It is known that HEBS glass, which is a patented product and is commercially available from Cayon Materials, Inc., is sensitive to electron-beam exposure because it contains alkali. The gray scales can be produced as a result of ion exchange in the exposed areas during electron-beam radiation. As we will use the gray-scale mask to fabricate a microlens, first it is necessary to establish a relationship between the amount of volume growth in the solgel glass and the optical density of the gray scales required on the HEBS mask. For this purpose, we divided the calibration sample into 21 gray-scale levels; each subsampling area had dimensions of 10 µm×300 µm. The gray-scale levels were generated by electron-beam exposure with a fixed beam current of 93 pA and an accelerating voltage of 25 keV for different exposure times. The electron-beam dosage was generated from 20 to 640 µC/cm2 and was nonlinearly distributed in the 21 levels. The nth level is given by 20×1.19(n-1) (µC/cm2), where n is the gray-level number. It is noted that the higher the e-beam dosage, the darker the gray level and the smaller the growth of the volume.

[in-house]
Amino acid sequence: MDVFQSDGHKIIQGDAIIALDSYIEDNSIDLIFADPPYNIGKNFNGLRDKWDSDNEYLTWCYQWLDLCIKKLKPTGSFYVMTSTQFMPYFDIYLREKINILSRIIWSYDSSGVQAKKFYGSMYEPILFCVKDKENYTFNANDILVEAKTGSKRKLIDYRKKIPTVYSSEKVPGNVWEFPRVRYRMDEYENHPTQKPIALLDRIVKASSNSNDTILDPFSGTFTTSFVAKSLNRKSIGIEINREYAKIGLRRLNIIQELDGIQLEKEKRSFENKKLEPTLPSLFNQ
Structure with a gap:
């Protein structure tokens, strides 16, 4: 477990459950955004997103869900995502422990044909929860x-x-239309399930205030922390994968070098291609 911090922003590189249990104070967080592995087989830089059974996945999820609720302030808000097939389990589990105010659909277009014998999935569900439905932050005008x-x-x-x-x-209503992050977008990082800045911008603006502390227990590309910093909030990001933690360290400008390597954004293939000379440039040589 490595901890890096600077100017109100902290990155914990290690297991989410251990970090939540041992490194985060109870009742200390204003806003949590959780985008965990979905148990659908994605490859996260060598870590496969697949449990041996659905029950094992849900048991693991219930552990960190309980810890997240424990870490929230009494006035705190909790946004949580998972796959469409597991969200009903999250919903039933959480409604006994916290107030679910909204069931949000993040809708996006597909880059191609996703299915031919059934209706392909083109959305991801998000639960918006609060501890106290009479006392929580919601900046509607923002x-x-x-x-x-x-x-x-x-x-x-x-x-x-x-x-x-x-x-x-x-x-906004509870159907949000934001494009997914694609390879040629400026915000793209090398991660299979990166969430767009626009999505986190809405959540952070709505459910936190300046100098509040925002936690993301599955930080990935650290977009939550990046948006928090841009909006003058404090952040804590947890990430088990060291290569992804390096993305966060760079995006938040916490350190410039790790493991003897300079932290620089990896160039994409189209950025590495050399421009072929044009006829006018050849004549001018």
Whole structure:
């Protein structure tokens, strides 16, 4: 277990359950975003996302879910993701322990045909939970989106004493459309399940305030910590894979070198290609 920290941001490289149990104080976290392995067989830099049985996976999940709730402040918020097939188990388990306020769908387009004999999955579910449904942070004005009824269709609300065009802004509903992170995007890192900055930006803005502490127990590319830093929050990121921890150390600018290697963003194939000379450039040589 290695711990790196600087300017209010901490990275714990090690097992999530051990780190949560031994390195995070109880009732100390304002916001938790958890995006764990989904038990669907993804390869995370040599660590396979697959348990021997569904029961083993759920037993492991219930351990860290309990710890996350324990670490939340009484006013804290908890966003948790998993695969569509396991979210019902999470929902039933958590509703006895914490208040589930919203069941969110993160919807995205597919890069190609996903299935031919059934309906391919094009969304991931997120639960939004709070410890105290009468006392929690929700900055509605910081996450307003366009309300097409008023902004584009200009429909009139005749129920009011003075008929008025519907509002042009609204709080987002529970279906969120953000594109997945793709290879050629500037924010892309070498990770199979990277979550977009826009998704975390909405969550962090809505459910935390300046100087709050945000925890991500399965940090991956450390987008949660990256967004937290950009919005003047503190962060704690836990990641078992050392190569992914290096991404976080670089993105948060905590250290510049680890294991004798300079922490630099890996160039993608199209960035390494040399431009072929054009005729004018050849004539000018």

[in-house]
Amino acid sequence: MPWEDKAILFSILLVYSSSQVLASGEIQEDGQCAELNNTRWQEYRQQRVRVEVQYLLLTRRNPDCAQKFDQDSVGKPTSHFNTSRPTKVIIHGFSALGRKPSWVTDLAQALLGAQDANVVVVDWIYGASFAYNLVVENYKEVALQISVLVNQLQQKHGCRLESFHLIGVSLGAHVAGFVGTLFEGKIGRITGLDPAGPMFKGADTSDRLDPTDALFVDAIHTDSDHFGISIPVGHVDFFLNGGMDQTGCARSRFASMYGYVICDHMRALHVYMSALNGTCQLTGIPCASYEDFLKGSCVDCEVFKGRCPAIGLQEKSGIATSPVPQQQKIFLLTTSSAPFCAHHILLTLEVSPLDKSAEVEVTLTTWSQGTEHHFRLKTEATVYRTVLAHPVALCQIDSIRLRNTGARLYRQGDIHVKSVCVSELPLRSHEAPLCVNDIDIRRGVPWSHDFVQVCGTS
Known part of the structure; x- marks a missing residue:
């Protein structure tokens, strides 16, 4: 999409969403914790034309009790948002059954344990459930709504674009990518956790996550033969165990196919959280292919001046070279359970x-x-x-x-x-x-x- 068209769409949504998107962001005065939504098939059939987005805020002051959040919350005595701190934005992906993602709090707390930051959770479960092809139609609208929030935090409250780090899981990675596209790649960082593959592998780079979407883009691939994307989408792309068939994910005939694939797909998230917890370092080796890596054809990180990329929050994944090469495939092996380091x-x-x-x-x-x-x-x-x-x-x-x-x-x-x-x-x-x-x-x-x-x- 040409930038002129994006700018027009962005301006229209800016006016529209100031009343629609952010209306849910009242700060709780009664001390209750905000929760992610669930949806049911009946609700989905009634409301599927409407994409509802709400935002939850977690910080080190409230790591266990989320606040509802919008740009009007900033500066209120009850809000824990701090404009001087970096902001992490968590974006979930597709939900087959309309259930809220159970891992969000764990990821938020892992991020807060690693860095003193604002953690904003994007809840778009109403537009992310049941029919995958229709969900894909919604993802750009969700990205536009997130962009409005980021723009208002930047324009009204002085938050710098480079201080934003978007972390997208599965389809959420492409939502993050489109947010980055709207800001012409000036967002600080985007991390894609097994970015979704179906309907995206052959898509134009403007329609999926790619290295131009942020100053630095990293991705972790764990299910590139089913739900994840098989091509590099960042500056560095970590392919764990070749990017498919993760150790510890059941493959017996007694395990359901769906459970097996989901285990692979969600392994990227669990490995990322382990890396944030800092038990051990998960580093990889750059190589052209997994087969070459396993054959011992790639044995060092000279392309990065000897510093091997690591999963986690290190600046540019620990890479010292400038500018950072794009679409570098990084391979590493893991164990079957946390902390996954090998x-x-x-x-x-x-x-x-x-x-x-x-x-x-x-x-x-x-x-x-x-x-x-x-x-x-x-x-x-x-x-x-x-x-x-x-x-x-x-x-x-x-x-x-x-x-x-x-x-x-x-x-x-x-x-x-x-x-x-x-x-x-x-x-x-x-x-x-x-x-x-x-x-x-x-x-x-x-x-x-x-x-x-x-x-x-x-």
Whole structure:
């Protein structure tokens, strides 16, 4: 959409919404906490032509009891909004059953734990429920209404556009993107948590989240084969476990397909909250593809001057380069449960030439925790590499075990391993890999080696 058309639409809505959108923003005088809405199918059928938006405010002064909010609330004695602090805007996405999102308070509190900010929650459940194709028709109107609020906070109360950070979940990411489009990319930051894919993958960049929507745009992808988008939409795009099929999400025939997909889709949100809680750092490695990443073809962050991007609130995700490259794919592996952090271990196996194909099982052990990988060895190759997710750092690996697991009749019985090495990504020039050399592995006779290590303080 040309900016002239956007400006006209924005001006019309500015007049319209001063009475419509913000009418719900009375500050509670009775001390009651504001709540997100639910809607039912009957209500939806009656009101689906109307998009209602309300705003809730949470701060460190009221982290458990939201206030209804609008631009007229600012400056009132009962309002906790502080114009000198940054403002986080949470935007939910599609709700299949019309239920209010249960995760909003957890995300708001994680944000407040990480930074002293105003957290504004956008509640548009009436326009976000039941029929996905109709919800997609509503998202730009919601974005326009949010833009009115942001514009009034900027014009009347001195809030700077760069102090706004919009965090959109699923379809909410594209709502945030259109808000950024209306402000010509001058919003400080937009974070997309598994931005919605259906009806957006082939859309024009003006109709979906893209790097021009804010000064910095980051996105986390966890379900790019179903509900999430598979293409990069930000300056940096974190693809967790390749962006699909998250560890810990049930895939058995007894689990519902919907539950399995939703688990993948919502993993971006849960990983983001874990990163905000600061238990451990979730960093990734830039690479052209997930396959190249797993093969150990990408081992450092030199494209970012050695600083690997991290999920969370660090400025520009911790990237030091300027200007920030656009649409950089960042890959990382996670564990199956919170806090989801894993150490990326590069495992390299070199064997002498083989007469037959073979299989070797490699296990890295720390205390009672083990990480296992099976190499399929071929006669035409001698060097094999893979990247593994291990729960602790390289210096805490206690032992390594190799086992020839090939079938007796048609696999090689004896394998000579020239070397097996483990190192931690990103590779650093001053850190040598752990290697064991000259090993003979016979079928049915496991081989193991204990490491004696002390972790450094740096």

With the user-defined gray-scale calibration mask, the sol-gel film was fabricated to reveal the volume growth response to the optical densities. This step was implemented on a Q 2001CT UV-mask contact aligner (Quintel Corporation) with a peak emission at a 365-nm wavelength and an irradiance of 15 mW/cm2. Figure 1 shows a schematic diagram of the experimental setup. After UV exposure, it is seen that the HEBS mask with the user-defined optical densities has converted and built the corresponding surface relief heights into permanent sol-gel glass. Based on the findings of the volume growth response, we need to further clarify the relationship between the volume growth and the electron-beam dosage that was used to generate the optical densities. It is noted that, because of such a relationship, it is necessary only to find the electron-beam dosages for a gray-scale mask; tedious measurement of the optical densities at micrometer resolution was not required at all. Figure 2 shows the relationship between the electron-beam dosage and the relative surface relief thickness, which indicates the volume growth difference from the area with the highest UV illumination. Because the HEBS mask was designed as light-field mask, i.e., the optical densities were generated only with the shape of the testing pattern, the measured surface relief thickness represents the height differences between the areas patterned with the gray levels and the outskirts without gray levels. It is shown in Fig. 2 that the maximum surface relief thickness can be as big as 3.6 µm.